We do not think very much about water supply unless there is a drought. We take it for granted that we can wash clothes, take a shower, water the lawn, or get a drink of water in our homes or apartments. However, for early Seattle residents, the right to a dependable and clean water supply was an important issue and not a right they could take for granted.

Water quality is a broad topic and you will need to narrow your research to the aspect that interests you most. Pollution issues in Elliott Bay or Lake Union can be studied, as can the use of Green Lake and Lake Washington for swimming. You could also focus on the early 1900s and the context for the decision the City made to use the Cedar River as its water supply.

Examples of questions you might ask:
What were some of the water related issues for citizens in the 1890s? Did requests for water come from a specific neighborhood or part of the City? Where did drinking water come from? How did water get from its source to peoples' homes and businesses? How did the City meet its responsibility to provide clean water in the 1890s and what were some of the issues it struggled with?

Sources at the Seattle Municipal Archives:
General Files
City Council Minutes
Water Department Annual Reports
City Charter
Maps of Seattle
Myra Phelps, Public Works in Seattle, 1875-1975

World Trade Organization Meeting in Seattle

In November and December 1999, demonstrators took to the streets, protesting the World Trade Organization Ministerial Conference in Seattle. The encounters between the Seattle Police Department and the demonstrators surprised many. Despite well-publicized planning to shut down the WTO meetings, police appeared by some to be ill-prepared for the large number of demonstrators, and clashes between police and demonstrators became violent.

Examples of questions you might ask:
Why were people demonstrating against the WTO meeting? How could the encounter between law enforcement personnel and demonstrators be characterized? What planning took place to prepare for the demonstrations? What role did the press play? How could the demonstrators be characterized? How many different levels of government were involved in law enforcement? How could the exchange between citizens and its City government be characterized after the WTO meetings were over?

Sources at the Seattle Municipal Archives:
WTO Accountability Review Committee Records and Timeline - 13,500 documents were cataloged by the Committee. Many records are available online in Digital Collections.


There have been homeless people in Seattle since the city was incorporated in 1869. City government has viewed the homeless in different ways throughout its history. From vagrancy and public nuisance laws in the 19th century to burning the Hooverville during the Great Depression to opening City Hall as a place to sleep during winter, the city has taken many approaches to dealing with the issue.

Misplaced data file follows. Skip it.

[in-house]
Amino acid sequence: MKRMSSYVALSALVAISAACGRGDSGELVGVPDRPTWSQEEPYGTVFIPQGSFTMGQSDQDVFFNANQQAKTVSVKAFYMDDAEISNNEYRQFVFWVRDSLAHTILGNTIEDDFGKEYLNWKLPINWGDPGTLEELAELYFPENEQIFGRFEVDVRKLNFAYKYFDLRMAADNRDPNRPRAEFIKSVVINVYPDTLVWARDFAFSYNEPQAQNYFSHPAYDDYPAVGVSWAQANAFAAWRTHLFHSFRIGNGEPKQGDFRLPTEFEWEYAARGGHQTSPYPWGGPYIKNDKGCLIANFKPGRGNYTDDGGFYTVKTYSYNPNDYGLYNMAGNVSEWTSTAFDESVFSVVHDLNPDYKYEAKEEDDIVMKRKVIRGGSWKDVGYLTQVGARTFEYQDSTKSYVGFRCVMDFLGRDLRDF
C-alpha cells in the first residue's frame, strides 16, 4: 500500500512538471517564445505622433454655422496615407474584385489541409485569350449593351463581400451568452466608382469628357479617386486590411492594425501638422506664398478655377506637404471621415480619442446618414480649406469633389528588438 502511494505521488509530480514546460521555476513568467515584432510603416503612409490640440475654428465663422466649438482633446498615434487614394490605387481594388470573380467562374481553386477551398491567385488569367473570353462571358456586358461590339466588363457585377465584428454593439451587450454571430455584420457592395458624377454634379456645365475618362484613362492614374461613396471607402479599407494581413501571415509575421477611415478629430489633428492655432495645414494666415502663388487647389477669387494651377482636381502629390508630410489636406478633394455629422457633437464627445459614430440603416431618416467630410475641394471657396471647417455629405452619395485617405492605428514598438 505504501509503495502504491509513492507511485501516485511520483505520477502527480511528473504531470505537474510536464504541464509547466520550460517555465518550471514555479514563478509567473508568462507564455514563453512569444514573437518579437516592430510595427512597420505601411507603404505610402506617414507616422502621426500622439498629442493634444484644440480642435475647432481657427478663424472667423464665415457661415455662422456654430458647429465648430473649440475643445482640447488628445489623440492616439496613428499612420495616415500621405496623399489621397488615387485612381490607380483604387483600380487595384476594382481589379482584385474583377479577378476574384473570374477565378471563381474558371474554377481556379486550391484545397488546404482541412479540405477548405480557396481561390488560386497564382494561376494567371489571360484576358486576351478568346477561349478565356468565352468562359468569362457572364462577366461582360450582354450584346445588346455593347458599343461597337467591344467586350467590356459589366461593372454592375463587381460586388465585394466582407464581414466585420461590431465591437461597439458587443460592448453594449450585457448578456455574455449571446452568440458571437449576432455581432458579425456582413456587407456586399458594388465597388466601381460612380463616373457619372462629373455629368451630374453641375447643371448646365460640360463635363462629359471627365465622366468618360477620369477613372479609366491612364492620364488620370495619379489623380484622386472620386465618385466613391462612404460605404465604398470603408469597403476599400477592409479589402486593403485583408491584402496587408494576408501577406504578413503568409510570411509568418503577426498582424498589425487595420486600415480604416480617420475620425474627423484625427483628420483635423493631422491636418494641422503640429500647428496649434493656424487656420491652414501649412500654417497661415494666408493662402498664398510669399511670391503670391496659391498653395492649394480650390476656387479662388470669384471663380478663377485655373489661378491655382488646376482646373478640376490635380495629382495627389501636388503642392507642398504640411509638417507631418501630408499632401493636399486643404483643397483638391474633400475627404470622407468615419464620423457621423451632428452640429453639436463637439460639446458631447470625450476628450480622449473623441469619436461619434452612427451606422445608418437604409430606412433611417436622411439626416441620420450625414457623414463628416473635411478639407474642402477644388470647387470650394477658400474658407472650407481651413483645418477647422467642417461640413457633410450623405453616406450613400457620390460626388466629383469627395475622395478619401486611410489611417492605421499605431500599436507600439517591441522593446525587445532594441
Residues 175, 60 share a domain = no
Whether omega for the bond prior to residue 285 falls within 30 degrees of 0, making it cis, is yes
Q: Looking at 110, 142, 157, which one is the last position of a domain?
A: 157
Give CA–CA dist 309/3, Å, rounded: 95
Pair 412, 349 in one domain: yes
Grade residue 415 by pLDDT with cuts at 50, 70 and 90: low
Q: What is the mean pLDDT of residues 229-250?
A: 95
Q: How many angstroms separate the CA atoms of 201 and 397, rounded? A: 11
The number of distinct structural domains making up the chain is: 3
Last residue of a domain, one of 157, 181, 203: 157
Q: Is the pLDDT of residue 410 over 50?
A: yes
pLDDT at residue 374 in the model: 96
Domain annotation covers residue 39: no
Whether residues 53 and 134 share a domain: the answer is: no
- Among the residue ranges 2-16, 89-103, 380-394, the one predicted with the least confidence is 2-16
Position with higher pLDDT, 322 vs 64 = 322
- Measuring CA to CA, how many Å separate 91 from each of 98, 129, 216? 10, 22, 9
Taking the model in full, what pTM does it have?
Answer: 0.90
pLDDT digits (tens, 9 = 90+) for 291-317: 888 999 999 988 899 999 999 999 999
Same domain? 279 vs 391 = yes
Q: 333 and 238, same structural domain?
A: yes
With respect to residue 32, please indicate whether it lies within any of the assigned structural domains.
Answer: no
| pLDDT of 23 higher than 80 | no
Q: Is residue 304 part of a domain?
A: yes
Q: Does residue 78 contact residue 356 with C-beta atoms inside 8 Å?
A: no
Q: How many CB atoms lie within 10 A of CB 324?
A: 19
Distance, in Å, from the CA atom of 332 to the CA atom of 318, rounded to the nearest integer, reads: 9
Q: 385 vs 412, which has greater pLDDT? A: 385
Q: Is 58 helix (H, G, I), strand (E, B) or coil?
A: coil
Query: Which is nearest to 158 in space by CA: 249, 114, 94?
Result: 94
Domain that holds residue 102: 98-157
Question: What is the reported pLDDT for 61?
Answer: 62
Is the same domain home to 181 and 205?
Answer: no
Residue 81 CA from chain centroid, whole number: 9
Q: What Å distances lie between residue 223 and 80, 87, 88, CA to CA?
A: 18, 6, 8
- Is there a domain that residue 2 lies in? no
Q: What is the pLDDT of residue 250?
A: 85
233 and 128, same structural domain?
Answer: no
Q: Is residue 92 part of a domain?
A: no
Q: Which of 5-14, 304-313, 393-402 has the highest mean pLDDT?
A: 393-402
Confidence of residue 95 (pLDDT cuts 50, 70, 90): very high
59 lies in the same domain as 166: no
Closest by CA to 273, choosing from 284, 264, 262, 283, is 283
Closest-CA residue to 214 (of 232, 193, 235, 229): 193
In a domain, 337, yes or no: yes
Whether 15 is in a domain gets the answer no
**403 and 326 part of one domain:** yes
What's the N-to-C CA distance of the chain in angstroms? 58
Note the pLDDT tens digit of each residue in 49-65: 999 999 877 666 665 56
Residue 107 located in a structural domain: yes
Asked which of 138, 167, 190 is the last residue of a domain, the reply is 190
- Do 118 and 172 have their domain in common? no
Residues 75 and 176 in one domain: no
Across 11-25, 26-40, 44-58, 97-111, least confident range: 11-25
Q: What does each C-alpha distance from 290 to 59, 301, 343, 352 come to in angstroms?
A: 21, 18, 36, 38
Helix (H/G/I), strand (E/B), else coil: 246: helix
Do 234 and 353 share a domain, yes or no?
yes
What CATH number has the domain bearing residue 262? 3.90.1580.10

Researching this long-standing problem would probably best be done by selecting a specific time period to study.

Examples of questions you might ask:
What has the City accepted as its responsibilities in caring for the homeless? Have proposed solutions changed over time? Have City actions made a difference? What other organizations have worked with the homeless? Where have the homeless slept and eaten?

Sources at the Seattle Municipal Archives:
City Ordinances (Laws of the City)
Clerk Files (Legislative History)
City Documents
City Council Records
Health Department Annual Reports

The Seattle Model City Program

In response to urban problems of poverty and race in the United States, Congress passed legislation in November 1966 to initiate a demonstration effort known as the Model Cities Program. The program was designed to encourage cities to develop a concerted attack on social and economic problems as well as physical decay. Seattle was the first city chosen to receive federal funds. The Seattle Model City Program (SMCP) ended in 1975.

SMCP explored solutions to a wide range of social and economic problems. The participants encountered a variety of different experiences.

Examples of questions you might ask:
What was a key feature of the SMCP? To what extent did SMCP involve city, state, and federal agencies? How was the Model City neighborhood defined? What solutions for social and economic problems were explored? Which programs were most successful? What were some of the frustrations for those in the SMCP? Pick one of the seven city-wide Task Forces and follow it through the SMCP program.

Sources at the Seattle Municipal Archives:
Seattle Model City Program Records:
     Walter Hundley Correspondence
     Department of Housing and Urban Development Correspondence
     Scrapbooks and Newspaper Clippings
     Reports, Studies and Evaluations
     Citizen Participation Division Files
     Advisory Council Files
     Task Force Minutes
     Branch Office Files
     Project Monitoring Files

Records of the Office of the Mayor
Wesley Uhlman Mayoral Records

Other ideas
There are an almost unlimited number of topics that could be explored at the Seattle Municipal Archives. A few additional ideas include:

  • Fair employment
  • Noise (whether cowbells or construction)
  • Motion picture and theater censorship
  • Women's rights
  • Open housing
  • Public morality laws
  • The Bogue Plan for a new civic center
  • Women in the Fire Department
  • Prohibition
  • Public health services
  • Forward Thrust
  • Ethics and elections laws
  • Renters' rights
  • Urban renewal

Feel free to contact the archives for more ideas or to find out whether there are SMA collections on another topic you're interested in.

Municipal Archives, City Clerk

Anne Frantilla, City Archivist
Address: 600 Fourth Avenue, Third Floor, Seattle, WA, 98104
Mailing Address: PO Box 94728, Seattle, WA, 98124-4728
Phone: (206) 684-8353

The Office of the City Clerk maintains the City's official records, provides support for the City Council, and manages the City's historical records through the Seattle Municipal Archives. The Clerk's Office provides information services to the public and to City staff.